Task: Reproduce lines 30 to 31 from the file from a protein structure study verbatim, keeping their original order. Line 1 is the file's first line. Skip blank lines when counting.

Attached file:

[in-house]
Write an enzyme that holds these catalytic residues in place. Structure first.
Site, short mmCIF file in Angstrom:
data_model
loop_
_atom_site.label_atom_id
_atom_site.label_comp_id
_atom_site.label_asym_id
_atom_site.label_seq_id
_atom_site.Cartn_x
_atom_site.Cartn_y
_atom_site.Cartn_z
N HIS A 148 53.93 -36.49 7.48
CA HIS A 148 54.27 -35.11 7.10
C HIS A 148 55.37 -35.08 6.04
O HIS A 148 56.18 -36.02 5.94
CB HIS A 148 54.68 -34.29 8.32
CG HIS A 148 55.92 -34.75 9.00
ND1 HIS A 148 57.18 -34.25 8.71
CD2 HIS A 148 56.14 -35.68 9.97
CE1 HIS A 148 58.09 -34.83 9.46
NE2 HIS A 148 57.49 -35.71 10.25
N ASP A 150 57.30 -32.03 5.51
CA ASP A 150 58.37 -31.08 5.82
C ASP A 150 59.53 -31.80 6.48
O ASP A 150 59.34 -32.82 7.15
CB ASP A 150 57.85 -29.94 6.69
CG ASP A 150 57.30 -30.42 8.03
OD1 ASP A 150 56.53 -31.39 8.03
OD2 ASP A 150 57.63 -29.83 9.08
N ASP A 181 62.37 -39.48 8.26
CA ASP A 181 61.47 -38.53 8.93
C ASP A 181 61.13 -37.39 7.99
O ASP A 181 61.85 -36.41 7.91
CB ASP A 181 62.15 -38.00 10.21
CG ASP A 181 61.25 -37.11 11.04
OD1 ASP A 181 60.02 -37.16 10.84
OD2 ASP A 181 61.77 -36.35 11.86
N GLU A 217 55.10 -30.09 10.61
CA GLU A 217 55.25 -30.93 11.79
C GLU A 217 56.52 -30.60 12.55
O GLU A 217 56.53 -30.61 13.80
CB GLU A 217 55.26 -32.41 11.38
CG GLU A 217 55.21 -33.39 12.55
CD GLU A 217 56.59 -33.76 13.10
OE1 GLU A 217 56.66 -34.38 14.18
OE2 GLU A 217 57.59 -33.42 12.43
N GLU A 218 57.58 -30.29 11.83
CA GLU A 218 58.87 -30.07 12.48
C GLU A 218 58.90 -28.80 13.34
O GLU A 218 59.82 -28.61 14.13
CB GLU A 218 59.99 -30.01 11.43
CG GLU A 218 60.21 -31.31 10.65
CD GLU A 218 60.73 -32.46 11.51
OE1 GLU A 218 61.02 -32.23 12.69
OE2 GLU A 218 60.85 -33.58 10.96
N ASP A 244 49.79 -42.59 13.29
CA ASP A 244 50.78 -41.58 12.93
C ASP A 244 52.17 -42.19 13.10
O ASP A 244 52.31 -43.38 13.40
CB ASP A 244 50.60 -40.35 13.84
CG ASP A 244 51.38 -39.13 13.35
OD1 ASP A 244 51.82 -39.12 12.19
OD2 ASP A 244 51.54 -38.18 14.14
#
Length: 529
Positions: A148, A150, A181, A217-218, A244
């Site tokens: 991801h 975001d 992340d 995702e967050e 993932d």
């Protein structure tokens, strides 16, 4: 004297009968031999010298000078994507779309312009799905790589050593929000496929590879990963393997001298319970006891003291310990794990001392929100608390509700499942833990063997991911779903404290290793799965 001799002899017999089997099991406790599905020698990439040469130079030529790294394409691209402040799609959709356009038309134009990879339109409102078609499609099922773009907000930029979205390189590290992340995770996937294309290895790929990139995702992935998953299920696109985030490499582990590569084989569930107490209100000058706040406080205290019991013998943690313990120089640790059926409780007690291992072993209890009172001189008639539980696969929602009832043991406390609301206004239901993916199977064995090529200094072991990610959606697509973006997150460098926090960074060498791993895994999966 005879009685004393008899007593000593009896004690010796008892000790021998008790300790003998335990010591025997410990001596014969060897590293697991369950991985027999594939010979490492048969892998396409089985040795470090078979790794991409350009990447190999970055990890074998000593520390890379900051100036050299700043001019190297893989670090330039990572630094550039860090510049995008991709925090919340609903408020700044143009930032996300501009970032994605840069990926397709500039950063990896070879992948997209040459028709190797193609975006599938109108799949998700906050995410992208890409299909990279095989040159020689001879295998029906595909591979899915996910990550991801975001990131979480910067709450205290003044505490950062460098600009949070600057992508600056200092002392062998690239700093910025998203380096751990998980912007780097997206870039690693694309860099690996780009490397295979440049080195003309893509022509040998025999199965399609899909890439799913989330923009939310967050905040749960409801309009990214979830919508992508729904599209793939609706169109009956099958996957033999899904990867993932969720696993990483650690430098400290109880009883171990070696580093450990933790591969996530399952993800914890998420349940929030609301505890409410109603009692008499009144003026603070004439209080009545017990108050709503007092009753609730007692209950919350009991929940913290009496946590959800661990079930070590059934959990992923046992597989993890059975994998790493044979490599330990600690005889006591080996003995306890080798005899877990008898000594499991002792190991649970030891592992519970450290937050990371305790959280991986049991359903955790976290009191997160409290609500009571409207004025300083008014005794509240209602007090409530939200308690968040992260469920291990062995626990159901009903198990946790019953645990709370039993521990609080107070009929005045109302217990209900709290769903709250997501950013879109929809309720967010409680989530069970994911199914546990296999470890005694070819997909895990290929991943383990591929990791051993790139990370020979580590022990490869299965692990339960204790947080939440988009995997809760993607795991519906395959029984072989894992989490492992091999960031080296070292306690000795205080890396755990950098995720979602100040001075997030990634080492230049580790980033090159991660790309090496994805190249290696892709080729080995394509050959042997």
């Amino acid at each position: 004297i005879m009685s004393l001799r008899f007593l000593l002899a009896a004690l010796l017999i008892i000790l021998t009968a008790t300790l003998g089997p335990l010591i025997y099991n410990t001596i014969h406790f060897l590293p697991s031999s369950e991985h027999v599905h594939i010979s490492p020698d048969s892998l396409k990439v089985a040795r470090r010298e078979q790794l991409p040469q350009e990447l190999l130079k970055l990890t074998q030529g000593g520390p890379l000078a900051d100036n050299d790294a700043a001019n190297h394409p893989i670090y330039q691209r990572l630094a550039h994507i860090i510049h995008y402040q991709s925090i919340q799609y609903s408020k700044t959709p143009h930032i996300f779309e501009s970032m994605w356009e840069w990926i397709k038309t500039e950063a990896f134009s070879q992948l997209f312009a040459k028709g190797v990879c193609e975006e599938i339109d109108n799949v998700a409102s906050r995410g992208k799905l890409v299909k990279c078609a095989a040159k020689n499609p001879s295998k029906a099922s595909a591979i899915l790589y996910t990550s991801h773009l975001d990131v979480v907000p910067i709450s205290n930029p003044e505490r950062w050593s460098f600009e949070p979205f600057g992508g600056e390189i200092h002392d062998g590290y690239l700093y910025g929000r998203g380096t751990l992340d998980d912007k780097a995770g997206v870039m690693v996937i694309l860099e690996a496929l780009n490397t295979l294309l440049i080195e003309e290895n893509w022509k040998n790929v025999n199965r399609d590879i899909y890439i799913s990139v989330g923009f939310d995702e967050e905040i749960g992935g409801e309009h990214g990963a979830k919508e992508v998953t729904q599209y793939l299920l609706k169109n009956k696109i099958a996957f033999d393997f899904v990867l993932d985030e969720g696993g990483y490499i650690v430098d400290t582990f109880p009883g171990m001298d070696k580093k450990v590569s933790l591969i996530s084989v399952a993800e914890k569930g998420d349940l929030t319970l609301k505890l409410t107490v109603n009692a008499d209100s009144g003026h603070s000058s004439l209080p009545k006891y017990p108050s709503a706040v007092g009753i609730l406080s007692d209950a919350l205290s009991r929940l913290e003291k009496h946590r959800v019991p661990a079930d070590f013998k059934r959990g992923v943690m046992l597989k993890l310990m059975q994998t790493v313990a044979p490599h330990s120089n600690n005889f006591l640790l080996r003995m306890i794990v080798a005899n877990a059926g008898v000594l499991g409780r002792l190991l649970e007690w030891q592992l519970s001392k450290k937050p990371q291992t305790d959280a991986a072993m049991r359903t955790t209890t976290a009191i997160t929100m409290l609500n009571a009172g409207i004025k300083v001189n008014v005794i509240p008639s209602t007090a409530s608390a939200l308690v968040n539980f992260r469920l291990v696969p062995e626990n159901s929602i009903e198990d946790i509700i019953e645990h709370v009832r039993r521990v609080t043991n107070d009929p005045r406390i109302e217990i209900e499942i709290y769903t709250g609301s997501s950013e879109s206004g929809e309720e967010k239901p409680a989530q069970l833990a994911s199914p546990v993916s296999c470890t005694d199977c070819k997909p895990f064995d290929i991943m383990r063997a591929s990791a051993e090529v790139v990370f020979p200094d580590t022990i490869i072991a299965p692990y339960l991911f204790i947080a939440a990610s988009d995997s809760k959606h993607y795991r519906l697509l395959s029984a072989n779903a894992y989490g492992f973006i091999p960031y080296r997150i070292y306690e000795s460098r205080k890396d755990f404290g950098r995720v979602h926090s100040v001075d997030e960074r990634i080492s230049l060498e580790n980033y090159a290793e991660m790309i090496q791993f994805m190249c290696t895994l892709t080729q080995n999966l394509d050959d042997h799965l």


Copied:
OD2 ASP A 150 57.63 -29.83 9.08
N ASP A 181 62.37 -39.48 8.26